Airport Infrastructure Readiness to Power Zero Emissions Flight
Written by Chung Fong, Mazheruddin Syed, Iain R. G. Fleming, Graeme Burt, Efstathios (Stathis) Tapinos, Pavlina Van Rooyenova, Kirsty Webster, and Jon Matthews
The aviation industry has recently reaffirmed its commitment to achieving net zero emissions by 2050. Battery technology holds the potential to power regional aircraft while hydrogen has the potential to power up to narrow-body aircraft. Green SAF (Sustainable Aviation Fuel) could potentially cater for all existing aircraft classes1. All three energy sources have associated net emission profiles, costs, and technological challenges. Although noteworthy progress is being made toward the net zero flight ambition, emissions targets will only be realised with the active commitment and support of airport operators. Existing airports are not designed for electrified or hydrogen aircraft operations and as such development and deployment of new infrastructure will be required.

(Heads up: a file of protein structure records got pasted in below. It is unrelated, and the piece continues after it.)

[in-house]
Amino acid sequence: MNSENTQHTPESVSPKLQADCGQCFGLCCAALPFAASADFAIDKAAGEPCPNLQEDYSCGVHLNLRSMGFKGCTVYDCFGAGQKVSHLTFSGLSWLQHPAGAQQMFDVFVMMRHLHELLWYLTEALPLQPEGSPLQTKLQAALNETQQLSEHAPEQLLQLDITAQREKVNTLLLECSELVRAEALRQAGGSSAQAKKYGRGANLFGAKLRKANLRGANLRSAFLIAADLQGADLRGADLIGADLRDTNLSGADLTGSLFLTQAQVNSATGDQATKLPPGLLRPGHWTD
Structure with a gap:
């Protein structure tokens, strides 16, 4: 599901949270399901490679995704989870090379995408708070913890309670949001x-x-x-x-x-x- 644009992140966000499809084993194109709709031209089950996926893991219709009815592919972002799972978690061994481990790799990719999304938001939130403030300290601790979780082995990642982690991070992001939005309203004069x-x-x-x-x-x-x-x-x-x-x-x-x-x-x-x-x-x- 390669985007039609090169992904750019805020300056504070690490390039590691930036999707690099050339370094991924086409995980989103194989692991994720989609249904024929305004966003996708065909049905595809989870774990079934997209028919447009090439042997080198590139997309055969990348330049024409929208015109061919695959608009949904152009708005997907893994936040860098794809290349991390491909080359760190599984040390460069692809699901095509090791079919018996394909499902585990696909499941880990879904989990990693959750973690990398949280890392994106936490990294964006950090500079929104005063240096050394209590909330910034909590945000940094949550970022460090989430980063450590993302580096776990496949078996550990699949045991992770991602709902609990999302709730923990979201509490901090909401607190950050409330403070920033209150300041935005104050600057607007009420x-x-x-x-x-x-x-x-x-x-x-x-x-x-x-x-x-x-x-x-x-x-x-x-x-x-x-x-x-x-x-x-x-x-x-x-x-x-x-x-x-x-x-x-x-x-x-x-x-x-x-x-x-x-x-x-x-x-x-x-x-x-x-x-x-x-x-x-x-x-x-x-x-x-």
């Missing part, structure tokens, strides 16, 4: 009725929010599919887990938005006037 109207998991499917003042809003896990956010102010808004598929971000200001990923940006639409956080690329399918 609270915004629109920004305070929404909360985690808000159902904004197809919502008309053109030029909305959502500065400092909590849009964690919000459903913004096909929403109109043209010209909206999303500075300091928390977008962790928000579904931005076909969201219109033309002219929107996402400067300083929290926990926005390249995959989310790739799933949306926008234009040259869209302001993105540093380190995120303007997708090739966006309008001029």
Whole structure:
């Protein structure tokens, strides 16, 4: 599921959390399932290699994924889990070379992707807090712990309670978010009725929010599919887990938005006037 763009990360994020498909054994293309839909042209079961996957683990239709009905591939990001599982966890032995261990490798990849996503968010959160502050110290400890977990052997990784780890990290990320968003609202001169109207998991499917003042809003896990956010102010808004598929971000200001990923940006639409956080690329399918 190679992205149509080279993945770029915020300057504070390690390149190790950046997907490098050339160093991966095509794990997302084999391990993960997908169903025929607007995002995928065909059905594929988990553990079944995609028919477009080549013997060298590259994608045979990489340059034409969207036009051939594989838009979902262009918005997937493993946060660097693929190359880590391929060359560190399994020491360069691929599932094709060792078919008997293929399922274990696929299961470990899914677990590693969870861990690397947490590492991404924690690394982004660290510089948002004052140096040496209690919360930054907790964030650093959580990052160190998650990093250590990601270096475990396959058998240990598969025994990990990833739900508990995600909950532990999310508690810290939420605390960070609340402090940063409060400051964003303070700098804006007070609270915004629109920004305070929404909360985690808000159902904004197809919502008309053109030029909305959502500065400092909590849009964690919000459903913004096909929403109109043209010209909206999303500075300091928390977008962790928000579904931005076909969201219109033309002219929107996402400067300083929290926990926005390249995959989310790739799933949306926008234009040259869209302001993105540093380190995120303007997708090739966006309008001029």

Battery-based aircraft will require additional electrical supply (or reinforcement of existing supplies), battery storage facilities, and charging infrastructure. Fixed and mobile battery charger technologies will play a key role in the adoption of battery-based flights with minimal disruption to current levels of flight schedules. Hydrogen aircraft will require electrical infrastructure upgrades, depending on the generation and storage model adopted. The liquefaction and/or electrolysis of green hydrogen at airports will require 100s of MW or GW2 levels of power for large airports, as well as large geographical areas, posing a significant challenge to existing airports. This will inevitability be traded-off against offsite production and cost-effectiveness of mass transport of hydrogen to the airport. SAF on the other hand most likely will make use of infrastructure similar to existing airport kerosene infrastructure, however, challenges still exist for the cost of production at scale and lifecycle balance of net zero emissions.